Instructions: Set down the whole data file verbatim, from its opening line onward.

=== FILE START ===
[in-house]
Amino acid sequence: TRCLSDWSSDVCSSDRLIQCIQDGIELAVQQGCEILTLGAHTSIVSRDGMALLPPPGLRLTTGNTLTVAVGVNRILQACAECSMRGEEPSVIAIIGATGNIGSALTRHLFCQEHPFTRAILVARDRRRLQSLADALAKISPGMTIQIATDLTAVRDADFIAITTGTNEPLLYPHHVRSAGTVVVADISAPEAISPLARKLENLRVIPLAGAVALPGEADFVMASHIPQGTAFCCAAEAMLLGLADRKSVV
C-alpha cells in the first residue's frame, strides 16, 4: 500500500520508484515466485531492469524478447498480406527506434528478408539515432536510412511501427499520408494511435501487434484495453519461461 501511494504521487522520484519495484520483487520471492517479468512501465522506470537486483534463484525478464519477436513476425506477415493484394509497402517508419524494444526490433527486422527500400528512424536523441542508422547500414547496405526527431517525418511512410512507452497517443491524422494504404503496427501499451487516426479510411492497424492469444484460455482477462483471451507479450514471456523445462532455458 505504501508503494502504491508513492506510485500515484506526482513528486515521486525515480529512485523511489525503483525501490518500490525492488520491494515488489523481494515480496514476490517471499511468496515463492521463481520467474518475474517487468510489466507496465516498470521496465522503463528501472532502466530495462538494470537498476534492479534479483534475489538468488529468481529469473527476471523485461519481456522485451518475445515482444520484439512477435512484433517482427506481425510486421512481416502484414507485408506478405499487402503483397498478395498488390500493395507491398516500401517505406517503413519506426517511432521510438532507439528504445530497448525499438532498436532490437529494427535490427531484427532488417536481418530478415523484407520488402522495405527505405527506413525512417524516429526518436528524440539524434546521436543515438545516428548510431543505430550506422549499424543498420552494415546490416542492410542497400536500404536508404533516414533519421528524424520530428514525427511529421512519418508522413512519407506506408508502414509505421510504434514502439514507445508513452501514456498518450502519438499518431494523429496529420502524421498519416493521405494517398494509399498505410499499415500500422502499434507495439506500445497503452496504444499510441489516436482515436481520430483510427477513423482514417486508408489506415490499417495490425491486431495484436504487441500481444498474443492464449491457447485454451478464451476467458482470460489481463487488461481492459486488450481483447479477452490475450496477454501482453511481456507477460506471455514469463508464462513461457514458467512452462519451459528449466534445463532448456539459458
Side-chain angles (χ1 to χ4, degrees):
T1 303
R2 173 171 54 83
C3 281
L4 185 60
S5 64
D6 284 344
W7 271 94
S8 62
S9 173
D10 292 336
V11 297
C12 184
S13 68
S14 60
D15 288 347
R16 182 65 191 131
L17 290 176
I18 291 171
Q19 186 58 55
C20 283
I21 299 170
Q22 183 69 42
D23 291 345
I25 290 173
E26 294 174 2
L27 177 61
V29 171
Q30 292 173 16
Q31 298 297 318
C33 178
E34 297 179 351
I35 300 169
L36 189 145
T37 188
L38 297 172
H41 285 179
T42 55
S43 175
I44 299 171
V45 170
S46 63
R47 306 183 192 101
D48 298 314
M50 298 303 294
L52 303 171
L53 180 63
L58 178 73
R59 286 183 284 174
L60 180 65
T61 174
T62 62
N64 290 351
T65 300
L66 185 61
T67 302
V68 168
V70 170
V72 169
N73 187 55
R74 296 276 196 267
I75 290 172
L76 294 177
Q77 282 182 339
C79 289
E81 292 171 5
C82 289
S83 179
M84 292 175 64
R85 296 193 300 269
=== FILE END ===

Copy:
[in-house]
Amino acid sequence: TRCLSDWSSDVCSSDRLIQCIQDGIELAVQQGCEILTLGAHTSIVSRDGMALLPPPGLRLTTGNTLTVAVGVNRILQACAECSMRGEEPSVIAIIGATGNIGSALTRHLFCQEHPFTRAILVARDRRRLQSLADALAKISPGMTIQIATDLTAVRDADFIAITTGTNEPLLYPHHVRSAGTVVVADISAPEAISPLARKLENLRVIPLAGAVALPGEADFVMASHIPQGTAFCCAAEAMLLGLADRKSVV
C-alpha cells in the first residue's frame, strides 16, 4: 500500500520508484515466485531492469524478447498480406527506434528478408539515432536510412511501427499520408494511435501487434484495453519461461 501511494504521487522520484519495484520483487520471492517479468512501465522506470537486483534463484525478464519477436513476425506477415493484394509497402517508419524494444526490433527486422527500400528512424536523441542508422547500414547496405526527431517525418511512410512507452497517443491524422494504404503496427501499451487516426479510411492497424492469444484460455482477462483471451507479450514471456523445462532455458 505504501508503494502504491508513492506510485500515484506526482513528486515521486525515480529512485523511489525503483525501490518500490525492488520491494515488489523481494515480496514476490517471499511468496515463492521463481520467474518475474517487468510489466507496465516498470521496465522503463528501472532502466530495462538494470537498476534492479534479483534475489538468488529468481529469473527476471523485461519481456522485451518475445515482444520484439512477435512484433517482427506481425510486421512481416502484414507485408506478405499487402503483397498478395498488390500493395507491398516500401517505406517503413519506426517511432521510438532507439528504445530497448525499438532498436532490437529494427535490427531484427532488417536481418530478415523484407520488402522495405527505405527506413525512417524516429526518436528524440539524434546521436543515438545516428548510431543505430550506422549499424543498420552494415546490416542492410542497400536500404536508404533516414533519421528524424520530428514525427511529421512519418508522413512519407506506408508502414509505421510504434514502439514507445508513452501514456498518450502519438499518431494523429496529420502524421498519416493521405494517398494509399498505410499499415500500422502499434507495439506500445497503452496504444499510441489516436482515436481520430483510427477513423482514417486508408489506415490499417495490425491486431495484436504487441500481444498474443492464449491457447485454451478464451476467458482470460489481463487488461481492459486488450481483447479477452490475450496477454501482453511481456507477460506471455514469463508464462513461457514458467512452462519451459528449466534445463532448456539459458
Side-chain angles (χ1 to χ4, degrees):
T1 303
R2 173 171 54 83
C3 281
L4 185 60
S5 64
D6 284 344
W7 271 94
S8 62
S9 173
D10 292 336
V11 297
C12 184
S13 68
S14 60
D15 288 347
R16 182 65 191 131
L17 290 176
I18 291 171
Q19 186 58 55
C20 283
I21 299 170
Q22 183 69 42
D23 291 345
I25 290 173
E26 294 174 2
L27 177 61
V29 171
Q30 292 173 16
Q31 298 297 318
C33 178
E34 297 179 351
I35 300 169
L36 189 145
T37 188
L38 297 172
H41 285 179
T42 55
S43 175
I44 299 171
V45 170
S46 63
R47 306 183 192 101
D48 298 314
M50 298 303 294
L52 303 171
L53 180 63
L58 178 73
R59 286 183 284 174
L60 180 65
T61 174
T62 62
N64 290 351
T65 300
L66 185 61
T67 302
V68 168
V70 170
V72 169
N73 187 55
R74 296 276 196 267
I75 290 172
L76 294 177
Q77 282 182 339
C79 289
E81 292 171 5
C82 289
S83 179
M84 292 175 64
R85 296 193 300 269